"My heart goes out to the drunkards; and I pity the poor girl on the streets. I pity her so that we have a home to take her to -- not a Rescue Home that some one has paid for, but our own little home in Grand Rapids, and the door is always open to poor girls that want to live the Christian life. Sometimes we have no spare room, or we do not have the money, but Mrs. Trotter always says, 'Do not turn one of them away.'

What is the reason for their being down in that life? Because some miserable scoundrel put them there. For every poor woman that has gone down into sin there is some man as black as Satan back of it. In the United States today [about 1909] there are 30,000 women who are really outcasts. Their average life is five years, so that 6,000 die every year, and 72 daughters go out of the homes of the United States every day of the year to fill up their awful ranks.

"Men, can you look me in the face and tell me that a woman that goes down into sin is any worse than you are. Some of these days you men that have a lovely home, and a good reputation in your neighborhood, and yet sin will meet judgment.

 

Just "Let God Move In"

 

"I went to work to find the old drunkards; and God has been giving me drunkards ever since. I have gone out in the power of the Spirit of God, depending upon him to do it. We find some cases that will just almost break our hearts. Nearly every scene that we see in our rescue work is a dark one. We get them when everybody else has done with them. But I am glad I am in it. It is the nicest work in the world. There is absolutely no worry. We just move out and let God move in. And I say to you my work is a pleasure all the way through, and if I had a thousand lives I would like to live them all for Him. By the help and grace of God I am determined to use the one I have for him. It is not much I can do, but I tell you it is a good deal He can do.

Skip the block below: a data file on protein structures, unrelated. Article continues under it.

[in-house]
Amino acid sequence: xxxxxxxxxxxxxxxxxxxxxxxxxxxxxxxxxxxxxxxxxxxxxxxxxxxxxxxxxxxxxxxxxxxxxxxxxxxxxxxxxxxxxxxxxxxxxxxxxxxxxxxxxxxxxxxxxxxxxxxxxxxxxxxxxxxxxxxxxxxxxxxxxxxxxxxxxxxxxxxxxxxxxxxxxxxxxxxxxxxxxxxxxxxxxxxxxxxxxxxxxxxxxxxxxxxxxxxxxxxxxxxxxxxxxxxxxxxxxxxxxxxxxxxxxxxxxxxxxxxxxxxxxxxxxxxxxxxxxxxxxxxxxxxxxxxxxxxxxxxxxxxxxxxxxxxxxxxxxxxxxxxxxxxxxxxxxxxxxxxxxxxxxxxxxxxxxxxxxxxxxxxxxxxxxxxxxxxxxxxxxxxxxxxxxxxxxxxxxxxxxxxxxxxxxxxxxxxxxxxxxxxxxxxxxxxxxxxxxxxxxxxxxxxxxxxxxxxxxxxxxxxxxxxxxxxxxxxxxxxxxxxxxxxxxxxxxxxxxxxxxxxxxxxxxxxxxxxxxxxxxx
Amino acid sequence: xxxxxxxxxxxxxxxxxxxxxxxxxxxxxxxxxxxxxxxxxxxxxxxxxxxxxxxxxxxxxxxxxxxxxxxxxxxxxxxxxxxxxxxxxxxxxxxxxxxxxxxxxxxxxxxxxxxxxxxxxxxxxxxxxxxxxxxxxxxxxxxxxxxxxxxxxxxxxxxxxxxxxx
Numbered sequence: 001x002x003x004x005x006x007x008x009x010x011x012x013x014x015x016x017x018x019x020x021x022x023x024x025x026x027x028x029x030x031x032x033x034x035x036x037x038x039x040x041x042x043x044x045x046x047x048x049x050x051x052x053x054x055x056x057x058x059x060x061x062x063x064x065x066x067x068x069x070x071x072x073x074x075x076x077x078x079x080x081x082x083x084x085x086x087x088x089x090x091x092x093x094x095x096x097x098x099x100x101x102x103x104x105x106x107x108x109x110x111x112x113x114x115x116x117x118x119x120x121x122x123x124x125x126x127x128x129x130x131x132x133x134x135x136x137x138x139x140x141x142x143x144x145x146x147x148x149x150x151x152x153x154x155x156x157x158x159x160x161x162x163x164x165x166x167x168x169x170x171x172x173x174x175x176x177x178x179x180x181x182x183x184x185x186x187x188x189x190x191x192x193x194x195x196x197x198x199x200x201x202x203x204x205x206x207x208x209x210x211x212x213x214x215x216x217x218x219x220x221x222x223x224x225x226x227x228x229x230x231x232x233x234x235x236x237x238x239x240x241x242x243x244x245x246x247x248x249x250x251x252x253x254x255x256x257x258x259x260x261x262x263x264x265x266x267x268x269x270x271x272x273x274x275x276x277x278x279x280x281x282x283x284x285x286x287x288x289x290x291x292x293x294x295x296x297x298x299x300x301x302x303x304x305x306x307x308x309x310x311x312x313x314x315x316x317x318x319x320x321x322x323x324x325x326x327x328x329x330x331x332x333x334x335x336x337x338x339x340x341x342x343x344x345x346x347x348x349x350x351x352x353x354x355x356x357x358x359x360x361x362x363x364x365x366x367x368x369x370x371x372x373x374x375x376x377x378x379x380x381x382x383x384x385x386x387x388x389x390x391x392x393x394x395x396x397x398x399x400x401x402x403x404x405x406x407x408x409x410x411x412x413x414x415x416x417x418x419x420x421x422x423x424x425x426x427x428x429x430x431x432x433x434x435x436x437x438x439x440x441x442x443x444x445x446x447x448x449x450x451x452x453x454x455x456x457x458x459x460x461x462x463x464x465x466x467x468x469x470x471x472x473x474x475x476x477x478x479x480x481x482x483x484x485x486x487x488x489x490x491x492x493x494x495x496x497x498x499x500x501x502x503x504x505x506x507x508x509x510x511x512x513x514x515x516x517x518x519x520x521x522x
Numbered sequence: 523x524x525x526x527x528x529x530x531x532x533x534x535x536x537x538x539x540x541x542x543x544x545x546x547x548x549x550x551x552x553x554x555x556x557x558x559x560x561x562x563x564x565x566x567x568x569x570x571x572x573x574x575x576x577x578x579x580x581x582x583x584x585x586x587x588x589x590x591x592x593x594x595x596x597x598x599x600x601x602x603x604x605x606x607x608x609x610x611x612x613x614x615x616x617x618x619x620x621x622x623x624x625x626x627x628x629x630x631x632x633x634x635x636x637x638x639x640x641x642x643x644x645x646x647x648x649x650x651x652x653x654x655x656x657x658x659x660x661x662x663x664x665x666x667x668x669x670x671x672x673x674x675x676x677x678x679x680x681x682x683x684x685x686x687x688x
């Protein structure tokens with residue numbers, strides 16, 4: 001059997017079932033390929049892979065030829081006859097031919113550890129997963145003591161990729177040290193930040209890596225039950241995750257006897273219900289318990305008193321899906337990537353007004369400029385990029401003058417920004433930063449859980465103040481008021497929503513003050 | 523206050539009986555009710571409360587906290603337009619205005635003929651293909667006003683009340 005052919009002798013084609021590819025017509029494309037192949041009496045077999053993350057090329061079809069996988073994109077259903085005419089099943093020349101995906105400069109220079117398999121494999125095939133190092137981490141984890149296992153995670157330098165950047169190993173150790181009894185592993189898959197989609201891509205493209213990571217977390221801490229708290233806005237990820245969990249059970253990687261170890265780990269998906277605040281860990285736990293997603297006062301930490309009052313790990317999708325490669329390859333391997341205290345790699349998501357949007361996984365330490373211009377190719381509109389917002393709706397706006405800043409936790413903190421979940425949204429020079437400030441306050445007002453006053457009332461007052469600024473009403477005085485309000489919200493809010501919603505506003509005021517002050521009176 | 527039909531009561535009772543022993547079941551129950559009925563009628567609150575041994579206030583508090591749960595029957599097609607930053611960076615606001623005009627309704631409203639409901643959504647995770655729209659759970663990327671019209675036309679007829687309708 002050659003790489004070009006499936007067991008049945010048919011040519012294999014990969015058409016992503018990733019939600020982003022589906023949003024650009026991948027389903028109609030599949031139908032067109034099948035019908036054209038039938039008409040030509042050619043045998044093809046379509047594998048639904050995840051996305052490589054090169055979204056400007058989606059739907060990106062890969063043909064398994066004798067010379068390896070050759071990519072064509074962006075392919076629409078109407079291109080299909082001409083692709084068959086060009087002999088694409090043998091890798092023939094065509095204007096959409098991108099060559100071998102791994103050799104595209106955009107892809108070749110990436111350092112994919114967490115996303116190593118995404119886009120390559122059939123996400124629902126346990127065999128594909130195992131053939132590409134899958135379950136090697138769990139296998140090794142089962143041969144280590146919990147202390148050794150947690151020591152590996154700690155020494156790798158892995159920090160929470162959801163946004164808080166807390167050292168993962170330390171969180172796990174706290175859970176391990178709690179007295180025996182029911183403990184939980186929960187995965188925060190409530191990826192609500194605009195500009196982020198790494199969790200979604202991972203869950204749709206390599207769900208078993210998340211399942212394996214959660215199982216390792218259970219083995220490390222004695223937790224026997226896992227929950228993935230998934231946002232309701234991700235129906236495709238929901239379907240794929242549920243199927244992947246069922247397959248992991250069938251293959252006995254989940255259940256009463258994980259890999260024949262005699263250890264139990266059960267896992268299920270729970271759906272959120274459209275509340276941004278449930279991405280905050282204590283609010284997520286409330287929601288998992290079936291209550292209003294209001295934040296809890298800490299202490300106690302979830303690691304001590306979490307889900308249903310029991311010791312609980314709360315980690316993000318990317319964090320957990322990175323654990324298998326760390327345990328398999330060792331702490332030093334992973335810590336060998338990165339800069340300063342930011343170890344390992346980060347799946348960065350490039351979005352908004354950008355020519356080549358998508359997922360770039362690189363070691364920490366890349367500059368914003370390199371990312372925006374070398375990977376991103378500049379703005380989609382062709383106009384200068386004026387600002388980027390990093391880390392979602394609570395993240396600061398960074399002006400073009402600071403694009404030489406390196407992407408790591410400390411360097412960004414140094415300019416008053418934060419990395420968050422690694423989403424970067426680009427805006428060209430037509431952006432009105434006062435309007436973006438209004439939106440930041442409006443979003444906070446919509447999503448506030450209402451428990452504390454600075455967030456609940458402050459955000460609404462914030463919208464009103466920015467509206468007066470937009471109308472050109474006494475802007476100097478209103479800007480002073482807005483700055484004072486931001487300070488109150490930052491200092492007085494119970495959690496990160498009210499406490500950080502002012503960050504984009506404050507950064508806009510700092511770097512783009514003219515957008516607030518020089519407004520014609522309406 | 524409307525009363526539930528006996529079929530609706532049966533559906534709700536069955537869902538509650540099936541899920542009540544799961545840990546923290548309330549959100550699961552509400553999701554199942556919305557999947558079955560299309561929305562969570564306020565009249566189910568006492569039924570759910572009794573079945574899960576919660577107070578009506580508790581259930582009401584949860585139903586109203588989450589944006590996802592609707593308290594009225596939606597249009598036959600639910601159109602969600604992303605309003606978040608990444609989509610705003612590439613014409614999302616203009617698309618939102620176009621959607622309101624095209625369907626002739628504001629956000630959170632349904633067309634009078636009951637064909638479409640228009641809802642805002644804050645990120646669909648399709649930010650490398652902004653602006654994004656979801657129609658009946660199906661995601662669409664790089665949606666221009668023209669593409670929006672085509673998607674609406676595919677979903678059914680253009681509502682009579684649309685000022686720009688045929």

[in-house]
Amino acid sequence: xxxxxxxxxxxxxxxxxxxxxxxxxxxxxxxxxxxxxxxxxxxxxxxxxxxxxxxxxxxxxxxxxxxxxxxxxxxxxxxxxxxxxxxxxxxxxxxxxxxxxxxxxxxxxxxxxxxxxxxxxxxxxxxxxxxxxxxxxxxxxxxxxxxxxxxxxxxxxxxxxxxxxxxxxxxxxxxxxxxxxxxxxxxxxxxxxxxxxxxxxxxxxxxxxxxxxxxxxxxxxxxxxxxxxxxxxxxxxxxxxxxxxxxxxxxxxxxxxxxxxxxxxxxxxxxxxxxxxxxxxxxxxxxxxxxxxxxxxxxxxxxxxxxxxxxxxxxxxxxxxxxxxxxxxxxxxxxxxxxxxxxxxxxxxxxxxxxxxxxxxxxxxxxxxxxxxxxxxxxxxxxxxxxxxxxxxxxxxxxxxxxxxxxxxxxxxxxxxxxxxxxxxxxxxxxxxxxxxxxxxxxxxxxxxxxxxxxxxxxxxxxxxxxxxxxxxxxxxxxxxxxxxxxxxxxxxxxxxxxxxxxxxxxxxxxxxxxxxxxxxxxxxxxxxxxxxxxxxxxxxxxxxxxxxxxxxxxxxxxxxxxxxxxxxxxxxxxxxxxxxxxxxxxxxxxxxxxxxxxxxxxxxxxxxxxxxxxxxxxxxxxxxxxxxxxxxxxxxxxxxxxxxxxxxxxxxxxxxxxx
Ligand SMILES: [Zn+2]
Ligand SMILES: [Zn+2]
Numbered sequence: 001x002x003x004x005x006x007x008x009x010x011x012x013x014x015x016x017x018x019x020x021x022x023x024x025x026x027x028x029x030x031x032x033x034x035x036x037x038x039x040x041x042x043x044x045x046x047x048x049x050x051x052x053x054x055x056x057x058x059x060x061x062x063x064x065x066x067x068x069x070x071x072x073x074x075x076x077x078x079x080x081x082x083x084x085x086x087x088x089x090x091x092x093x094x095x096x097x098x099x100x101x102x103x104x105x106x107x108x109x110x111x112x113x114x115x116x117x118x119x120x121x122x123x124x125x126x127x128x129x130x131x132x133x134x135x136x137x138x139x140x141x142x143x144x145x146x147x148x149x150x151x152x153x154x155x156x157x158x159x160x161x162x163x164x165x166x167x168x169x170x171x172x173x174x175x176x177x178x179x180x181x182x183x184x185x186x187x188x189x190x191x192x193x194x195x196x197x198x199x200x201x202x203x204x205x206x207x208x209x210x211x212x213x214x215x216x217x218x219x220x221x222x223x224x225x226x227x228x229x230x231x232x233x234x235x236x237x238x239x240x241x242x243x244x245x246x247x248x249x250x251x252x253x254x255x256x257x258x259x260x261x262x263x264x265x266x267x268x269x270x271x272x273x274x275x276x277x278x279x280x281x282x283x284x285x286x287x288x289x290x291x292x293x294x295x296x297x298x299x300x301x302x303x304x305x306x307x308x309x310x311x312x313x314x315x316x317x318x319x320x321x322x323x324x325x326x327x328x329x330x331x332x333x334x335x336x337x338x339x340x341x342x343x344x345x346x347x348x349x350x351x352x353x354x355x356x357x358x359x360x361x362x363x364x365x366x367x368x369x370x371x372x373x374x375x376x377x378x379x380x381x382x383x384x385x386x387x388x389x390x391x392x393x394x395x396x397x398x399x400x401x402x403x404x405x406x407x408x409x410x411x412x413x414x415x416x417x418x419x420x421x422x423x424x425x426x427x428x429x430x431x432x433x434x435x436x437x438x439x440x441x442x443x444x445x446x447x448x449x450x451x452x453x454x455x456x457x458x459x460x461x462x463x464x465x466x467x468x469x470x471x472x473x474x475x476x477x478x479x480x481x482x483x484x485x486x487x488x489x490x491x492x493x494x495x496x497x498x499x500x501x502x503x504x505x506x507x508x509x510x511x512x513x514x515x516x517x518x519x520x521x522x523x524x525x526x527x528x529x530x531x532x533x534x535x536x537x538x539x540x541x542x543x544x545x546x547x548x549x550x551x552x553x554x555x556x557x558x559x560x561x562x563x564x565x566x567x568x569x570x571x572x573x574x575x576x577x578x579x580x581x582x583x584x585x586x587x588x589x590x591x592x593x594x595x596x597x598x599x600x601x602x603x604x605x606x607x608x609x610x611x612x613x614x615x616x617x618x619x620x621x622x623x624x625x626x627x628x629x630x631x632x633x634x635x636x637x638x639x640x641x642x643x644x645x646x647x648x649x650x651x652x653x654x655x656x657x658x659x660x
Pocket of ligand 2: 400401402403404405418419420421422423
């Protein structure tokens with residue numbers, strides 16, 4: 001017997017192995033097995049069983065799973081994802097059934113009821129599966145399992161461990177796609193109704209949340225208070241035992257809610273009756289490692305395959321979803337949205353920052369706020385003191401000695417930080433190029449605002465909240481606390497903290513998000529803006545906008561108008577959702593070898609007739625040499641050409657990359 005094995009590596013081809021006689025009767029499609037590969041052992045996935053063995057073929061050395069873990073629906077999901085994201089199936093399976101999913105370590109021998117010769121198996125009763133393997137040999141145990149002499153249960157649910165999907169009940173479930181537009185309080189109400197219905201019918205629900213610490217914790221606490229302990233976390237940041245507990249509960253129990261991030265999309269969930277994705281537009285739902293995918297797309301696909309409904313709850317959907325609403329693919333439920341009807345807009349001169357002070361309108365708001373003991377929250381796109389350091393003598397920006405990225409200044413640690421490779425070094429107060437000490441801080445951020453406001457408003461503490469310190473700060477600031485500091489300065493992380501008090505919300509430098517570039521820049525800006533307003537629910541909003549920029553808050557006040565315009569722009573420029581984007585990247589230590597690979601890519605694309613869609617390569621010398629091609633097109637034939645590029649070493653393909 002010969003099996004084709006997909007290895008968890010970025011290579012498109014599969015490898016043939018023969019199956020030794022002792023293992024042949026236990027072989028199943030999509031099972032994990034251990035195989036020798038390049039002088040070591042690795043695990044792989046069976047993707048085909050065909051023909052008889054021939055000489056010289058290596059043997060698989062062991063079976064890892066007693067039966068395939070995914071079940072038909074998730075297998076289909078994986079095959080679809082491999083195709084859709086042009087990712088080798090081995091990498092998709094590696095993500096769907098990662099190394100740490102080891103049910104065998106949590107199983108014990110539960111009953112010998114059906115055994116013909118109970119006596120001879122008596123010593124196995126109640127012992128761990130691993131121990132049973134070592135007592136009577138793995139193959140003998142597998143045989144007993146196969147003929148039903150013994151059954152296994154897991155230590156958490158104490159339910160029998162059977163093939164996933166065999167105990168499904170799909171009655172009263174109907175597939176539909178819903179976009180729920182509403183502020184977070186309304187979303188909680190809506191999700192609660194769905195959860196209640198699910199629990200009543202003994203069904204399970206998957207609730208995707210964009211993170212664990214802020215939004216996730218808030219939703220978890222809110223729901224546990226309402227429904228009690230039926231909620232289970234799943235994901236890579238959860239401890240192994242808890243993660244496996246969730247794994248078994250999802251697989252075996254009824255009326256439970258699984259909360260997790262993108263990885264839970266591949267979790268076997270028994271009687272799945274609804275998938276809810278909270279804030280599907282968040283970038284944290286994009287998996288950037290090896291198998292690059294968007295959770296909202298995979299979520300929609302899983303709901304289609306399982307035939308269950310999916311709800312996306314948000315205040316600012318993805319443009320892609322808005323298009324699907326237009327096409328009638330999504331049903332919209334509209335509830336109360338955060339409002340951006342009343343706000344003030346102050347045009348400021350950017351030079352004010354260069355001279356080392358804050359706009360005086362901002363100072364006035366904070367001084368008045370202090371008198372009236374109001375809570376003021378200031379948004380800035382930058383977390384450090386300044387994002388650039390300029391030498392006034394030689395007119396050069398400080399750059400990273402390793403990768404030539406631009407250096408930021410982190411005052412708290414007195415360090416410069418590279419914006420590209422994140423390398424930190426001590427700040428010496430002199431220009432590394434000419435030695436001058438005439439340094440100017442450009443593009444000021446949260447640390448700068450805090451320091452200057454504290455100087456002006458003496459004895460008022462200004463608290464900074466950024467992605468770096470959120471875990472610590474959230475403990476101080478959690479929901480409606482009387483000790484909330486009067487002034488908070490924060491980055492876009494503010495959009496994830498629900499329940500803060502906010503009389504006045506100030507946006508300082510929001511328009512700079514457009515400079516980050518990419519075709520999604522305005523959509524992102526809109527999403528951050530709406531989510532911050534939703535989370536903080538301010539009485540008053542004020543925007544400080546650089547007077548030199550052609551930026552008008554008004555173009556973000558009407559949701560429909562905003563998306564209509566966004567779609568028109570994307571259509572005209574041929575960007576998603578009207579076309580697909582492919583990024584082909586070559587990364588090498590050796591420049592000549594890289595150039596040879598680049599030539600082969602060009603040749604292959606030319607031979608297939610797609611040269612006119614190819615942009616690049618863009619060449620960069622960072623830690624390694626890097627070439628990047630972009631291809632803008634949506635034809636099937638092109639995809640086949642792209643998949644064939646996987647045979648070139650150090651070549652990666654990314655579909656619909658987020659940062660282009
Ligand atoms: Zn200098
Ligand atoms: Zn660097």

"I have only got one text, and that is, the blood of Jesus Christ, God's Son, can cleanse from all sin, and that takes in everything. I have just one remedy. I do not have to do like physicians do -- go in and diagnose a case. I know that sin will cover it every time, and I know that the blood of Jesus Christ cleanseth us from all sin. When they begin to tell me their story I say, 'You just wait for my story before you begin to tell me -- hold on just a minute -- the blood of Jesus Christ, God's Son, will cleanse you from all your sin, and everything else will take care of itself.' 'And I, if I be lifted up, will draw all men unto me.'"

 

From: STORIES WITH A MESSAGE Selected and Edited By Duane V. Maxey

 

 

Index